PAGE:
“House Speaker Nancy Pelosi on Wednesday announced the seven lawmakers who will serve as the House managers to prosecute the case against President Trump in his Senate impeachment trial, which is expected to begin in earnest next week. The House managers include House Intelligence Committee Chairman Adam Schiff, D-Calif., who will be the lead manager and who led much of the impeachment inquiry out of his committee with dramatic hearings to develop the case against the president and House Judiciary Committee Chairman Jerrold Nadler, D-N.Y., whose panel drafted the articles of impeachment. Pelosi also tapped House Democratic Caucus Chairman Hakeem Jeffries, D-N.Y.; Rep. Jason Crow, D-Colo.; Val Demings, D-Fla.; Sylvia Garcia, D-Texas; and Zoe Lofgren, D-Calif.
During then-President Bill Clinton’s impeachment in 1999, there were 13 House impeachment managers. A White House official told Fox News on Tuesday that the president’s legal defense team in the looming impeachment trial would be led by White House Counsel Pat Cipollone. The official said that Trump lawyer Jay Sekulow would also serve on the president’s defense, as well as Cipollone deputies Michael Purpura and Patrick Philbin … After several days of procedural moves, the Senate is poised to launch into the heart of the impeachment trial as early as next Tuesday. Senate Majority Leader Mitch McConnell, R-Ky., shot down the notion being floated by the president earlier this week to bypass a trial and dismiss the articles altogether.”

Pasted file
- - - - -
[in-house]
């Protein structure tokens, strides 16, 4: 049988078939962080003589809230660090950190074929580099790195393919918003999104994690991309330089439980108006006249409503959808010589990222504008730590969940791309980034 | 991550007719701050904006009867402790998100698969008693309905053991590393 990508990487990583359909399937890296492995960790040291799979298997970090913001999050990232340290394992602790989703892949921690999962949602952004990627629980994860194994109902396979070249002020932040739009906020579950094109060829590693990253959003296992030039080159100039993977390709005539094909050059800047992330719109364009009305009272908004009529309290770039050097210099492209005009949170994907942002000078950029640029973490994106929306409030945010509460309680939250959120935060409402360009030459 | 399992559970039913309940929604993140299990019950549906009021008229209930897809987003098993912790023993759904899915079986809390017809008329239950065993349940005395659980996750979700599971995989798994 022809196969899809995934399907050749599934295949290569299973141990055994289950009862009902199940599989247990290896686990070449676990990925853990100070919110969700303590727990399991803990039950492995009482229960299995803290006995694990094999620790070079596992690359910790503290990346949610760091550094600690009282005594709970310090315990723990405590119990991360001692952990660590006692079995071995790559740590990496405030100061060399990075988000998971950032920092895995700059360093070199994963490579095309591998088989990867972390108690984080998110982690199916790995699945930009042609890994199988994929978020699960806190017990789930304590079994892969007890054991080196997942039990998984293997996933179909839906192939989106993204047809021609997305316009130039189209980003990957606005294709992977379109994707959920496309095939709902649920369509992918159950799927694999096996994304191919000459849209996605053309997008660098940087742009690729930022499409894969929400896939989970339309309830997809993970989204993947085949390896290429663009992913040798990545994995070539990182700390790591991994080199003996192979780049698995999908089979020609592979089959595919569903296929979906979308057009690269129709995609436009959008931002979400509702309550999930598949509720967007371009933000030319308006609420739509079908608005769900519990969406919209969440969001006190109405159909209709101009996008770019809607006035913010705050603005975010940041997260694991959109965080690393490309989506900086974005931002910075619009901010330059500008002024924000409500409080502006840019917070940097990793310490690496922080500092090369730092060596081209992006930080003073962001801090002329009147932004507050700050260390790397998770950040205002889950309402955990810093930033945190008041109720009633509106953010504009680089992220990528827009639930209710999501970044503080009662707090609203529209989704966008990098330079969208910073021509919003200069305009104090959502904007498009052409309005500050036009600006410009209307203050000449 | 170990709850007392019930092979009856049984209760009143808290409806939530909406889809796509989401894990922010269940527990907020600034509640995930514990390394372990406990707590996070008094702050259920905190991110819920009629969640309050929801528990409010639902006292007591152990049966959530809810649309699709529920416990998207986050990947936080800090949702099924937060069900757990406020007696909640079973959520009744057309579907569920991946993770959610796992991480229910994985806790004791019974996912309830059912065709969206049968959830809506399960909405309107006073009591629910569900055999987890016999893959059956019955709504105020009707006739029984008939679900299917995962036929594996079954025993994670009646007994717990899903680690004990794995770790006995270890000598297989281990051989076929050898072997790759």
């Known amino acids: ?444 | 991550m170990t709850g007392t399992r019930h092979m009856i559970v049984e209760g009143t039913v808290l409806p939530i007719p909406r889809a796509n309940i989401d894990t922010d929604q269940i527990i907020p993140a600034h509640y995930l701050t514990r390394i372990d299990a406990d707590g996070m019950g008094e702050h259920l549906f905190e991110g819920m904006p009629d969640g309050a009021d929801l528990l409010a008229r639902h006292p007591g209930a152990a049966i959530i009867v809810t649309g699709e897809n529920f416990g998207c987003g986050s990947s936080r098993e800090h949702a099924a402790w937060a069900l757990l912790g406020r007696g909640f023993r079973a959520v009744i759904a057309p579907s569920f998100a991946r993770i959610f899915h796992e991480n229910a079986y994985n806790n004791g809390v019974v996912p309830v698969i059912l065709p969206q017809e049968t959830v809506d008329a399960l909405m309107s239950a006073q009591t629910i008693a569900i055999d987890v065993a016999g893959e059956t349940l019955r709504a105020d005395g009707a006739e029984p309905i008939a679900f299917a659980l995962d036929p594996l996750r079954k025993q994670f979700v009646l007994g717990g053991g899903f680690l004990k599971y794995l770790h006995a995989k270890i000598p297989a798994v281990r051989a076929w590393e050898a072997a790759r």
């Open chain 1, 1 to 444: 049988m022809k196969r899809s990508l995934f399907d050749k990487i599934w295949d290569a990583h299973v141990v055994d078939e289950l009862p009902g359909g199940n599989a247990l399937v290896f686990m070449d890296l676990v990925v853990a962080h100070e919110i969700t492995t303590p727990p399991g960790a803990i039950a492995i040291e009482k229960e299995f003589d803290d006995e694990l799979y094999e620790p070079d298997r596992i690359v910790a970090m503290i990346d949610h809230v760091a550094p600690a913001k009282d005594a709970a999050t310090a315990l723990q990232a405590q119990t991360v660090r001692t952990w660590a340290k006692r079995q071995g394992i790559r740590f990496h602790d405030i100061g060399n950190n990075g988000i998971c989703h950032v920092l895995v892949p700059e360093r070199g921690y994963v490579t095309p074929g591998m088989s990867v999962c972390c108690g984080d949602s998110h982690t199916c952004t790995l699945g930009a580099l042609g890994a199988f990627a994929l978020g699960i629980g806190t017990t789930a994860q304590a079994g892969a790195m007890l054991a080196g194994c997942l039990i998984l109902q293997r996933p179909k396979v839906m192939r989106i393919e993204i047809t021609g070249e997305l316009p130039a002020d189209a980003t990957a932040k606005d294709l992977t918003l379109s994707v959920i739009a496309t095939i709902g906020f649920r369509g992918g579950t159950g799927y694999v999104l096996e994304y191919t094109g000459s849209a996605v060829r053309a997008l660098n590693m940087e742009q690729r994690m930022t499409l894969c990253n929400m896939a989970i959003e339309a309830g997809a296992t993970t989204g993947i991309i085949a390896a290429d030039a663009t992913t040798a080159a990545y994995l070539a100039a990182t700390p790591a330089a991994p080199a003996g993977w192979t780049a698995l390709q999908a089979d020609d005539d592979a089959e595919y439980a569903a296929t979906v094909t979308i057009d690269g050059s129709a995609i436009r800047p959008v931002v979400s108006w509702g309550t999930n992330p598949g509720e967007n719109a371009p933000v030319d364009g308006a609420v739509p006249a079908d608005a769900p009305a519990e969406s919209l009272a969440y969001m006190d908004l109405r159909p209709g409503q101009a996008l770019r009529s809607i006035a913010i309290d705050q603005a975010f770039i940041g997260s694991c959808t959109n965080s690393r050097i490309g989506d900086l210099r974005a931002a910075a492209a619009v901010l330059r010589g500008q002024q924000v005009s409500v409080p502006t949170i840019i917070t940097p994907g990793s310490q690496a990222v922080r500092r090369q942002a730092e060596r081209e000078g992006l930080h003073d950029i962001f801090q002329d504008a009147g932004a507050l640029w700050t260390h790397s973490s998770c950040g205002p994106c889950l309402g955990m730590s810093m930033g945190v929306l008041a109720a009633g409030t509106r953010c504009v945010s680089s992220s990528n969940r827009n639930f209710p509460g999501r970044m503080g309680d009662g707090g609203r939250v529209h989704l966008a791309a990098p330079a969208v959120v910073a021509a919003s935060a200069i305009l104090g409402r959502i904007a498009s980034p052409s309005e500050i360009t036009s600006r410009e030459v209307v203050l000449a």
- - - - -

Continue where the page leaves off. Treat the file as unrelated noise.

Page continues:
MARKET WATCH/Steve Goldstein
Investors are right to reboot worries over trade, HSBC strategist says
January 15, 2020
“The long-awaited phase-one trade deal between the U.S. and China is due to be signed on Wednesday, but the uncertainty may still linger. Joseph Little, global chief strategist for HSBC Global with about $500 billion of assets under management, told MarketWatch the tensions around trade aren’t fully resolved. ‘There are still concerns about the macro outlook, about the structure internationally with the U.S. still challenging the nominations for the World Trade Organization,’ he said. ‘The [trade] environment remains very much in flux and a source of concern and challenge for investors.’
That uncertainty—not just in trade but across politics, the economy and the environment—is likely to limit returns across assets. ‘I think it’s hard to get very confident that we’re going to see a significant, strong synchronized global phase of expansion, and equally in investment markets, I think it’s hard to get very positive that we’re going to see a very strong phase of market returns.’ That said, Little isn’t a bear and says U.S. stocks can return 6% or 7% this year. He doesn’t put much emphasis on data showing price-to-equity ratios are elevated. ‘I’m an asset allocator, the critical question is how the opportunity set looks today, not how equity markets are trading relative to how they’ve been trading in the past,’ he says. ‘If you’re being offered a relative return 4% to 5% above what you can get in core fixed-income asset classes, I think at this stage of the cycle, given the macro trends that we have seen and the profit trends that we’re seeing, that’s not too bad.’”